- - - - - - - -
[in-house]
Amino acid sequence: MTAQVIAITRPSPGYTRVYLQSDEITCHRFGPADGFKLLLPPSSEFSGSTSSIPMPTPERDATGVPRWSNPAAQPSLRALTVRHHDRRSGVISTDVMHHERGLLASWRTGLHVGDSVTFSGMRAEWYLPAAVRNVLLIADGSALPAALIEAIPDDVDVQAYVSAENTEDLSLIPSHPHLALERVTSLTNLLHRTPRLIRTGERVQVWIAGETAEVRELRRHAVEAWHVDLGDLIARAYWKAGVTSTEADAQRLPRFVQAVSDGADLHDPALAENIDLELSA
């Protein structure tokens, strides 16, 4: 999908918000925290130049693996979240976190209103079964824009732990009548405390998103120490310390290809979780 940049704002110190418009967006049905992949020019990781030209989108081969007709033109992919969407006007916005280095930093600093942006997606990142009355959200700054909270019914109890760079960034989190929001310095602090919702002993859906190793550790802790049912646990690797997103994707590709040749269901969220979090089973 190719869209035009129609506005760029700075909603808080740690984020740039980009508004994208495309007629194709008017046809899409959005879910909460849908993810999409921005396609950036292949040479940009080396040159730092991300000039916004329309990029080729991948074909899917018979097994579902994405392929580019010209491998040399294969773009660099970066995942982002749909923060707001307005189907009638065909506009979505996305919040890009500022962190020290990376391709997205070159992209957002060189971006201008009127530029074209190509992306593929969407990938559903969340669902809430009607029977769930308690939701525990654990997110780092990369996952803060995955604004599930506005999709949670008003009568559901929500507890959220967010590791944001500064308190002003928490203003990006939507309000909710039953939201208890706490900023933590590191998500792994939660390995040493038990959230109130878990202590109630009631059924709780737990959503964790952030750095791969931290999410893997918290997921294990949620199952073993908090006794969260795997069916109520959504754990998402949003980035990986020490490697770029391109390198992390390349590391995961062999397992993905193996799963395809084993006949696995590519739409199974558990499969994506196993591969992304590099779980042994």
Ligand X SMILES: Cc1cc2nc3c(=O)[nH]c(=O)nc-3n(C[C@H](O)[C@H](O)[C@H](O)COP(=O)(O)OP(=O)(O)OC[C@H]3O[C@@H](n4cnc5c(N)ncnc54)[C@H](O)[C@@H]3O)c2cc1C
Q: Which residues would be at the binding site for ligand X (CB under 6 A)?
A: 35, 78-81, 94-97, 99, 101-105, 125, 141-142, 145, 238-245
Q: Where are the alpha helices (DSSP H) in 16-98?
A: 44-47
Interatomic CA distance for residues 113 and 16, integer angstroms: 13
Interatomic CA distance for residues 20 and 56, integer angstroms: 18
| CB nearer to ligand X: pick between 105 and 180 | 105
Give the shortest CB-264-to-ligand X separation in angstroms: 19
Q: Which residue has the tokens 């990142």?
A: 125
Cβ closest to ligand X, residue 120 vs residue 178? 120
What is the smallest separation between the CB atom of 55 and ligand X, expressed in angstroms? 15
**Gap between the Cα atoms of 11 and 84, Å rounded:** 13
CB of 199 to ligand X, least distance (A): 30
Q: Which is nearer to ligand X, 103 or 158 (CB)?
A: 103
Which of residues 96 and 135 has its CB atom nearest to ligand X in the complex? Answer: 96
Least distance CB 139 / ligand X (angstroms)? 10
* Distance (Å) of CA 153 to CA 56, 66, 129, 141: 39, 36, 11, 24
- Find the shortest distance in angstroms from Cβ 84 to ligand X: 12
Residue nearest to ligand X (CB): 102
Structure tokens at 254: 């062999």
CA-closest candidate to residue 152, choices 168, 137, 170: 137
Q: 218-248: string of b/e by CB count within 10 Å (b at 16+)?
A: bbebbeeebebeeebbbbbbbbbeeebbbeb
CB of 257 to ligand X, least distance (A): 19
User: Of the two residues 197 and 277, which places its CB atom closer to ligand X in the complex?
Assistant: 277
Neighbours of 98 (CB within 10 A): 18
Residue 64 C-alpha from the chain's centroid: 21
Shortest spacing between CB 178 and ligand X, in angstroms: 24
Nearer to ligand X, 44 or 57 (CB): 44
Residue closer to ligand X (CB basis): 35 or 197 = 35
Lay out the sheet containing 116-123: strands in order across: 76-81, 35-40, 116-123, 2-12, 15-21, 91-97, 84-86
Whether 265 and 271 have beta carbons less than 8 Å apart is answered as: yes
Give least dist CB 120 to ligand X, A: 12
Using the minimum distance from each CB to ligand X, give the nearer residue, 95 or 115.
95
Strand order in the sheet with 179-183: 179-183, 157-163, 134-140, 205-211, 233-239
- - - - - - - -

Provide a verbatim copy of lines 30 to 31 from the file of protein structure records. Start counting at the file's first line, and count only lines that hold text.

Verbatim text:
CB of 257 to ligand X, least distance (A): 19
User: Of the two residues 197 and 277, which places its CB atom closer to ligand X in the complex?